From Oregon to New York, Law Officers Just Say ‘No’ to ICE

New York City Council Speaker Melissa Mark-Viverito. Photo by NYC Council/William Alatriste

New York City Council Speaker Melissa Mark-Viverito. Photo by NYC Council/William Alatriste

Last week the New York City Council passed legislation, 41-6, stopping the New York Police Department and the New York City Department of Corrections from honoring detainer requests from ICE, unless they are backed by a federal warrant.

“Today is a historic day. After five years of work, New York City will put an end to the collaboration with ICE that damages immigrant families and hurts our communities,” said Javier Valdes, co-executive director of Make the Road New York told the Immigrant Defense Project.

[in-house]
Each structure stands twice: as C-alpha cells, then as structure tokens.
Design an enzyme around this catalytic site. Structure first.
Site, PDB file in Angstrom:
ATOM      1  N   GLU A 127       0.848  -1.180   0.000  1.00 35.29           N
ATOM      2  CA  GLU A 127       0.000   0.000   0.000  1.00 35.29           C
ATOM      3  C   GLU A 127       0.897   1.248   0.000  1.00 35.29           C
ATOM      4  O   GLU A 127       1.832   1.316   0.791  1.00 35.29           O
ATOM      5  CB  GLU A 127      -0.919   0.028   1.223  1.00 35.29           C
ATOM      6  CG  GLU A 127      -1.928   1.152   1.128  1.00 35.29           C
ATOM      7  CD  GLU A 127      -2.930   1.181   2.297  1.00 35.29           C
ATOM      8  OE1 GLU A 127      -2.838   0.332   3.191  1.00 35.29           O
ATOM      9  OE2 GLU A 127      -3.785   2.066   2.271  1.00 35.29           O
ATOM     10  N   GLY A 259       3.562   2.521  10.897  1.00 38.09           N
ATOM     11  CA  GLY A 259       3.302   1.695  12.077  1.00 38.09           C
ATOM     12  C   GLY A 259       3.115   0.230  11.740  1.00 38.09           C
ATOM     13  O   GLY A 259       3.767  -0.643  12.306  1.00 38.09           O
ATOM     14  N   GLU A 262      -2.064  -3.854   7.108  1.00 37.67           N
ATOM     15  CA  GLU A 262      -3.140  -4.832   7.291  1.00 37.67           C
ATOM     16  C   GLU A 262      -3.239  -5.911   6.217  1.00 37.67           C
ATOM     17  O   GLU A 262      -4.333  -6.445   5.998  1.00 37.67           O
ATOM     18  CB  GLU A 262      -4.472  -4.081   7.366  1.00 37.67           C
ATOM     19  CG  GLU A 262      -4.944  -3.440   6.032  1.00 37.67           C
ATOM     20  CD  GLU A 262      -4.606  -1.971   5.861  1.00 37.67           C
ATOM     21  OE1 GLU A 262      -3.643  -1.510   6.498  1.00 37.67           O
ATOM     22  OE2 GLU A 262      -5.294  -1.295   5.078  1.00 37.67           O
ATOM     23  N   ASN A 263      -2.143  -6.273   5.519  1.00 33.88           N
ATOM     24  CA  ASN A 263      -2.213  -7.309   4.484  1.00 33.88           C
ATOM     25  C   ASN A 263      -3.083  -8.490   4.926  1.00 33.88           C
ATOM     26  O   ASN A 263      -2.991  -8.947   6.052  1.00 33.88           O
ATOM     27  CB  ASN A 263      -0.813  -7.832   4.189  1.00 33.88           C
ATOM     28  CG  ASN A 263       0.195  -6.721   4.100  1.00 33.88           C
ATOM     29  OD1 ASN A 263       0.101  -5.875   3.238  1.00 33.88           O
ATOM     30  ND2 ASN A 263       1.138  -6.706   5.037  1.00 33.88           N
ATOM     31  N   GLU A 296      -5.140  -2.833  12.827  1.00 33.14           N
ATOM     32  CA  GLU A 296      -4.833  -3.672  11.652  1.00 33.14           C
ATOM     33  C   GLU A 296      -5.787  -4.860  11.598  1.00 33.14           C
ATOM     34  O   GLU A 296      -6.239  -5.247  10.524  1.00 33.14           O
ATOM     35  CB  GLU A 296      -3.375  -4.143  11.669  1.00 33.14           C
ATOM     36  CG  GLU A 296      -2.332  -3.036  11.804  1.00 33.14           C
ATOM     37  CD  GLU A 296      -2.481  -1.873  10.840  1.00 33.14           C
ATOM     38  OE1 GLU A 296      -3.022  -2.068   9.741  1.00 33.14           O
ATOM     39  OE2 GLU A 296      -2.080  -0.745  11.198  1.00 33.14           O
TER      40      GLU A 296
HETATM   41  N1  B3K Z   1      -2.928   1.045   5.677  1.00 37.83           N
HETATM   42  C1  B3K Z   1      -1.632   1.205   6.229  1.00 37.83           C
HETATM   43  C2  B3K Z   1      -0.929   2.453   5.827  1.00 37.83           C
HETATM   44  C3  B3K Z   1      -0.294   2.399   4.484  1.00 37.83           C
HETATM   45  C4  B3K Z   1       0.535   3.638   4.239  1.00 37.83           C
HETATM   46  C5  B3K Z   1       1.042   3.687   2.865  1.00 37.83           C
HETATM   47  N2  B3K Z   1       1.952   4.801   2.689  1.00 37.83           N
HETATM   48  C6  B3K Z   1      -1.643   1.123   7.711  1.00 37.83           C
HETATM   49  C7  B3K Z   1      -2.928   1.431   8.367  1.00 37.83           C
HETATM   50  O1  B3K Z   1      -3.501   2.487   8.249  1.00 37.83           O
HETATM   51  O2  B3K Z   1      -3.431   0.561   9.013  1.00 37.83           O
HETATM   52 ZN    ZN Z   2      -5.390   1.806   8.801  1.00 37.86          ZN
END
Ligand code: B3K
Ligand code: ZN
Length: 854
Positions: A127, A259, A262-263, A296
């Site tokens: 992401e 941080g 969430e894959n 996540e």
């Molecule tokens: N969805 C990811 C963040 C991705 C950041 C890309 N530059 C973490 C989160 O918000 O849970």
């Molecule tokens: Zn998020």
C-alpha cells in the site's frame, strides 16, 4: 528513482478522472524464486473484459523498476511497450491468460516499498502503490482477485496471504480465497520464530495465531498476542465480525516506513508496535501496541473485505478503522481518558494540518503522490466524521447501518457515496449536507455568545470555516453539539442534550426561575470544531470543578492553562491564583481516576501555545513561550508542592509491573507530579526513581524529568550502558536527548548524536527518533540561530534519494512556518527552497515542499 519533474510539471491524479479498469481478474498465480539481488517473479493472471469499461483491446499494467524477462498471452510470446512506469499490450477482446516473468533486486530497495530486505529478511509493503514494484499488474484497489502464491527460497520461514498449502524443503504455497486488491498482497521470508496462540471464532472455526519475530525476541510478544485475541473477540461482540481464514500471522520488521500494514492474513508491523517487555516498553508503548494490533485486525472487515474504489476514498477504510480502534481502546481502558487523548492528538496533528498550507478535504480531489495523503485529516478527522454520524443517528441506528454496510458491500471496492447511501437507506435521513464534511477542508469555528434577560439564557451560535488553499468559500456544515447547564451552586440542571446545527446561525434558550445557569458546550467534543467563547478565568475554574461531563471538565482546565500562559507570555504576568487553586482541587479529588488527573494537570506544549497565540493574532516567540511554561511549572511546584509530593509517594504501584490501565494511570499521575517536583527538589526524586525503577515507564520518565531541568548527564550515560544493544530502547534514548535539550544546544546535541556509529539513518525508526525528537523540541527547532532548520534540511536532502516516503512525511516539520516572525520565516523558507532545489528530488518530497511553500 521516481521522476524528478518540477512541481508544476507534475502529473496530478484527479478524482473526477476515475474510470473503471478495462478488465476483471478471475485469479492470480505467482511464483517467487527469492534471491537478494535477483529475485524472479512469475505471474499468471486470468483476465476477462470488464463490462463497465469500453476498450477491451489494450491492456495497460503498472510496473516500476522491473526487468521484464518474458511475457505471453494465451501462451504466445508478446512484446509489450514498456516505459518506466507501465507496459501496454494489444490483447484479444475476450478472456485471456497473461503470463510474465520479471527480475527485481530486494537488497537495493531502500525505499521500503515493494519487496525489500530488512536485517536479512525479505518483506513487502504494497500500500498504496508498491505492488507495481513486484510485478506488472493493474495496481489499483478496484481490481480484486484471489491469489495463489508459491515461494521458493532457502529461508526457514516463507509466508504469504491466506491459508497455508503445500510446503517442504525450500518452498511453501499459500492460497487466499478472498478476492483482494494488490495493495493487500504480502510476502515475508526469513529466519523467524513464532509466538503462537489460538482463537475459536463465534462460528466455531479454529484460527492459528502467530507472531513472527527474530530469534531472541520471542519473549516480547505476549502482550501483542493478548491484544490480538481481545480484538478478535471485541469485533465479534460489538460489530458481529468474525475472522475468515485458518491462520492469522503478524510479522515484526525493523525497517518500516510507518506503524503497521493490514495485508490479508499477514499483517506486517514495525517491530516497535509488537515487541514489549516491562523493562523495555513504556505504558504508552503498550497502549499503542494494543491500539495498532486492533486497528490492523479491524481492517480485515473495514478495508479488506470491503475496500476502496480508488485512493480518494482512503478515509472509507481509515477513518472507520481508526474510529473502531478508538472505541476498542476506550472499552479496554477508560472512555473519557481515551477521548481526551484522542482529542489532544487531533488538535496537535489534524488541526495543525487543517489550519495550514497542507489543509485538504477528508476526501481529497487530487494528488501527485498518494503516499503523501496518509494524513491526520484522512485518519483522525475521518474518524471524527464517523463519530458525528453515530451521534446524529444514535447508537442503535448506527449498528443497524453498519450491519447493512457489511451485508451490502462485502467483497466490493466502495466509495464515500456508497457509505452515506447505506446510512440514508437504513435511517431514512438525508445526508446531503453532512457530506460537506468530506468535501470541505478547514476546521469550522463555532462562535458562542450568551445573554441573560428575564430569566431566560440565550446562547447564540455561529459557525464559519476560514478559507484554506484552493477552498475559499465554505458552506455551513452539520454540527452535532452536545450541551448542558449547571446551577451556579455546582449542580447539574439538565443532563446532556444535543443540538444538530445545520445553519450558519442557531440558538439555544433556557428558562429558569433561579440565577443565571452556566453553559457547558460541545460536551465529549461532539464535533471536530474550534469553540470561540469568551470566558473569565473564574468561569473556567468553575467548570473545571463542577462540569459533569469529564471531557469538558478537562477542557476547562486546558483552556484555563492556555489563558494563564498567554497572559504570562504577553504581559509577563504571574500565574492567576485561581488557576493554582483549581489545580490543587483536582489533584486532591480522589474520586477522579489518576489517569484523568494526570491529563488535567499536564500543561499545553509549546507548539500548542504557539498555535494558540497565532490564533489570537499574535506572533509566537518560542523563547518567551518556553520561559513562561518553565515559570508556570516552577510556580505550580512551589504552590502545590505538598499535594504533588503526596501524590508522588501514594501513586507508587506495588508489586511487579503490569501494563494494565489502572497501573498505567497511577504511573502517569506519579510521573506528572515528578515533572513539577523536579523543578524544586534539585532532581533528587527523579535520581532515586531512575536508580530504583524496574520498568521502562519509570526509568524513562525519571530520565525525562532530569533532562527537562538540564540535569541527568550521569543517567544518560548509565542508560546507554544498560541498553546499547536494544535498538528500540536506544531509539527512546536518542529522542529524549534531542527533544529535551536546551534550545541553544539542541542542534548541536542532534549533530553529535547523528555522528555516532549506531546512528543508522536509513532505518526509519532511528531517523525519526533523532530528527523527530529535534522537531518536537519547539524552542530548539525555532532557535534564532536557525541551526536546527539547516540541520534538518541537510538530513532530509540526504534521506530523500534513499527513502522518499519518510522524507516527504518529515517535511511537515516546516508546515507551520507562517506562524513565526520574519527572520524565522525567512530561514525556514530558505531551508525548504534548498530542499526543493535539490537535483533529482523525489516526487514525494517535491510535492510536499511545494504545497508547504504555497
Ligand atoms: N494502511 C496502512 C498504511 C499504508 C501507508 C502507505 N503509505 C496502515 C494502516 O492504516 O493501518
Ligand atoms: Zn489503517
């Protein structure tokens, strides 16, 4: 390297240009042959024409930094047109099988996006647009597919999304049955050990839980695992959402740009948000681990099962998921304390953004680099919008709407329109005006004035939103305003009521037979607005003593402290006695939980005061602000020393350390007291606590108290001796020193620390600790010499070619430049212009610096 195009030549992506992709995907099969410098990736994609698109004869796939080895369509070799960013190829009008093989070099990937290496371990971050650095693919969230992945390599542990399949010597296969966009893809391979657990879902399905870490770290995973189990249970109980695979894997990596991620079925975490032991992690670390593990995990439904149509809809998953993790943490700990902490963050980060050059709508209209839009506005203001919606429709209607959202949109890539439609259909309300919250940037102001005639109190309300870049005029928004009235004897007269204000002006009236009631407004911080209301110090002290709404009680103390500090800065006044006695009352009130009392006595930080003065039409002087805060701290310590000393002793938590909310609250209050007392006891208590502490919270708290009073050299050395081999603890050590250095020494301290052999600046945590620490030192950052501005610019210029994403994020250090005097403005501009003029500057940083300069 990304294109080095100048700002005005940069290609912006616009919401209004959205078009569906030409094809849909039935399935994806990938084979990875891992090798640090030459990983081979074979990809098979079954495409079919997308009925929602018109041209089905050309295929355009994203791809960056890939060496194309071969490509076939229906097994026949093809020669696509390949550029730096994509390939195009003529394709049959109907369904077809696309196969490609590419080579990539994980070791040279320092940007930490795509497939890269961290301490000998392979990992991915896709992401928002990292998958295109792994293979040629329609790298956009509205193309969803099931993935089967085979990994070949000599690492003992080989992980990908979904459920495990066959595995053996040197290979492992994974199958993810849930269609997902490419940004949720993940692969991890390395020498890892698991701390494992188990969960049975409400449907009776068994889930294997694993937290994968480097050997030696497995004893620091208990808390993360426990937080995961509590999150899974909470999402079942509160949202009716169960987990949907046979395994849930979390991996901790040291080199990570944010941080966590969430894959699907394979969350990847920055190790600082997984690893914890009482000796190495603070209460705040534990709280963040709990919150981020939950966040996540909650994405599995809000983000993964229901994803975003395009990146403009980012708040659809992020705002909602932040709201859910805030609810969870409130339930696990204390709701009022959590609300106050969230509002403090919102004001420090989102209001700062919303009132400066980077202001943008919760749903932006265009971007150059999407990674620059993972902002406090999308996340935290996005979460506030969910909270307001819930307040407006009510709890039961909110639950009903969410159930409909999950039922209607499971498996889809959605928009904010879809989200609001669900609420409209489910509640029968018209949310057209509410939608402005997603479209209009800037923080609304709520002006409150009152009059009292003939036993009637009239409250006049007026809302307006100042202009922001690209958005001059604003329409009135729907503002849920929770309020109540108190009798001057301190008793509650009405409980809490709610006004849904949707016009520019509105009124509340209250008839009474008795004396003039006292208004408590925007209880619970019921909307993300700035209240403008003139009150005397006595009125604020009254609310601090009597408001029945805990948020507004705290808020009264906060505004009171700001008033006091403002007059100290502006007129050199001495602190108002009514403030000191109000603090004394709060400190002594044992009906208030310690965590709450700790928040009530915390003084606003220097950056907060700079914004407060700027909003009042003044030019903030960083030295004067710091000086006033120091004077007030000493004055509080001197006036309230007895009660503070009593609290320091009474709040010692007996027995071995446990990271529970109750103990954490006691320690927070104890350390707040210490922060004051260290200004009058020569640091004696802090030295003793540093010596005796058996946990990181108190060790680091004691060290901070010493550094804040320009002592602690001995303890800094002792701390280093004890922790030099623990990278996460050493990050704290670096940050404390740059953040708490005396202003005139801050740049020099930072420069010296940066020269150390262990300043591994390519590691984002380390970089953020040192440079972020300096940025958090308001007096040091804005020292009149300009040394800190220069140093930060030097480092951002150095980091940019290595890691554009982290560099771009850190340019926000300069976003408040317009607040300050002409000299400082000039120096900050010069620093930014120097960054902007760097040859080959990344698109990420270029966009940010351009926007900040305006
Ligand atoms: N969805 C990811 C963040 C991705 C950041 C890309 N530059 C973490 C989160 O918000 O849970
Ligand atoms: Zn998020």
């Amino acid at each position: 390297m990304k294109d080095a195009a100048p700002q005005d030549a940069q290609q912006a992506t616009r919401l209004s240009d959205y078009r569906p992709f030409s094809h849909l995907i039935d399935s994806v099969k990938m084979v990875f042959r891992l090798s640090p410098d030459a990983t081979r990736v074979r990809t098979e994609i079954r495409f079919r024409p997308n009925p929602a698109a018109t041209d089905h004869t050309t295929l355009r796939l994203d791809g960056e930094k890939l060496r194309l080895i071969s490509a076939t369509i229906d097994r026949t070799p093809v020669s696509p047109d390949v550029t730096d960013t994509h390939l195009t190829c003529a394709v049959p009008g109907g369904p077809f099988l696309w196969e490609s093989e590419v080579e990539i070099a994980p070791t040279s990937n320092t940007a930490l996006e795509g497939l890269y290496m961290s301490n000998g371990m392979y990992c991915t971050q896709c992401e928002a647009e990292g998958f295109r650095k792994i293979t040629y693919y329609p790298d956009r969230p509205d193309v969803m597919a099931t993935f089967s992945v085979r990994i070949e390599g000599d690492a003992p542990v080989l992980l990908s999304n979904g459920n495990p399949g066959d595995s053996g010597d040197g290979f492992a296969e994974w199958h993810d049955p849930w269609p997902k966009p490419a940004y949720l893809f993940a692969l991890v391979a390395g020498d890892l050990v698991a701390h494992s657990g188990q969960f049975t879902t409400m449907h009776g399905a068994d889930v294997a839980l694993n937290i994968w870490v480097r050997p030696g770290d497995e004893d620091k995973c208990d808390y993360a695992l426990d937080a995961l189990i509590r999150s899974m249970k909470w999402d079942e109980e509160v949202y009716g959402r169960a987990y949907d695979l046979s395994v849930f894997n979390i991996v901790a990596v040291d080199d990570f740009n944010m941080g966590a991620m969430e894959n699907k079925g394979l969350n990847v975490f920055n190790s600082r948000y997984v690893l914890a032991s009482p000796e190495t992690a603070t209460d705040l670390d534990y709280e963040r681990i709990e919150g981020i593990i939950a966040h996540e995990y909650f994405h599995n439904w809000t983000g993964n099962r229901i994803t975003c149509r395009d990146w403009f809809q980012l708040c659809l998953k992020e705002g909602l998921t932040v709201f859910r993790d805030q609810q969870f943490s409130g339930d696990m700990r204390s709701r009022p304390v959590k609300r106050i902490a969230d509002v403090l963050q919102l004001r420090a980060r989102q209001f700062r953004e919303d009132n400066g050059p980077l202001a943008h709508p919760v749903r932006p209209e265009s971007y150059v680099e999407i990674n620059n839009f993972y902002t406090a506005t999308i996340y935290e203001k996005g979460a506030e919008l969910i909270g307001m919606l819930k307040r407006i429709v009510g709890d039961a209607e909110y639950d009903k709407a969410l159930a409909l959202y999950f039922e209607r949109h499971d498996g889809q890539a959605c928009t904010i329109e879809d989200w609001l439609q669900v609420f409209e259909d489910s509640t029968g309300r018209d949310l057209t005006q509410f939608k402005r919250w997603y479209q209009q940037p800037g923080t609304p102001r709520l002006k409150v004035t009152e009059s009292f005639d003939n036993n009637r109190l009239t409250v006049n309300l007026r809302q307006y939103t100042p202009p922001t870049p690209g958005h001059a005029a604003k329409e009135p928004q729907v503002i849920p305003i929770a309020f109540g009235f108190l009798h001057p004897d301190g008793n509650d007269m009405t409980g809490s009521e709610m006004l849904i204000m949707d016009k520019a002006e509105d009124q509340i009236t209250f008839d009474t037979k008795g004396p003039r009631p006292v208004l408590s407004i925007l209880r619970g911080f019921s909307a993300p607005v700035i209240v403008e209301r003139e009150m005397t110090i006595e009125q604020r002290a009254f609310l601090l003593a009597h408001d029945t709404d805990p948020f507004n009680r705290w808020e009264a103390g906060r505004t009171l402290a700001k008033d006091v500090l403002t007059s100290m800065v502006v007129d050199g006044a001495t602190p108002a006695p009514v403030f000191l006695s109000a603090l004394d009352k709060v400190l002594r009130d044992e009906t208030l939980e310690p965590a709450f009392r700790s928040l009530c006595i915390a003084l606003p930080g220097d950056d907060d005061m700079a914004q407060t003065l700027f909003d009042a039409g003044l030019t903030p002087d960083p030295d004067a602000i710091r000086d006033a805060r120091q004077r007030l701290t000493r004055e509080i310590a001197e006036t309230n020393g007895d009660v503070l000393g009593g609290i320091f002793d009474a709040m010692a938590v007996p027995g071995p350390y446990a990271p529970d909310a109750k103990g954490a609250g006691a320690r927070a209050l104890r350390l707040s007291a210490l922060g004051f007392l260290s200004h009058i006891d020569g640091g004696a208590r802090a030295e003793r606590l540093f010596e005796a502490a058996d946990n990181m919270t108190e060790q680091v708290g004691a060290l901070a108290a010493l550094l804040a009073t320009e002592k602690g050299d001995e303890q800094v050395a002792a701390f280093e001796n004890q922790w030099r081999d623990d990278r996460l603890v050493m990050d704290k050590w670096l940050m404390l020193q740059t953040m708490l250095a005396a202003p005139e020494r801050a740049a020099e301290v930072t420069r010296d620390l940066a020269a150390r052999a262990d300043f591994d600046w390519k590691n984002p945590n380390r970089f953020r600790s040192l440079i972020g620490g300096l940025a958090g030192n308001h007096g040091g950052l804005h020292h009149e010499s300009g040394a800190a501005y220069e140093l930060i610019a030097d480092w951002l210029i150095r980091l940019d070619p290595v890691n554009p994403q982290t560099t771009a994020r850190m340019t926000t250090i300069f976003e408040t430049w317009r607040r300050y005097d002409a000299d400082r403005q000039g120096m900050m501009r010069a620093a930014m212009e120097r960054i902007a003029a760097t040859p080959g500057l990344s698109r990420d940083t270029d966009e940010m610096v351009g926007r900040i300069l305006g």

After campaigning for the last five years, our affiliate Make the Road New York, has seen a great victory

Further, ICE has been evicted from maintaining operations at Rikers Island Correctional Facility, drawing a strict and clear boundary between ICE and local authorities.

While congress has failed at the federal level to enact comprehensive immigration reform, local jurisdictions from Oregon to New York have taken matters into their own hands to ensure the fair and equal treatment of all of their community members.

In April, a federal court ruling by Judge Janice Stewart in Oregon ruled that holding immigrants in jail extra time at the request of ICE is not required by law. Sheriff Daniel Staton of Multnomah County, along with sheriffs in Washington, and Clackamas counties quickly announced that they were opting out of ICE holds, and quickly informed leaders at our affiliate Center for Intercultural Organizing, of their decision.

Within a week, nine more counties in Oregon, then others around the country, joined them in making similar announcements.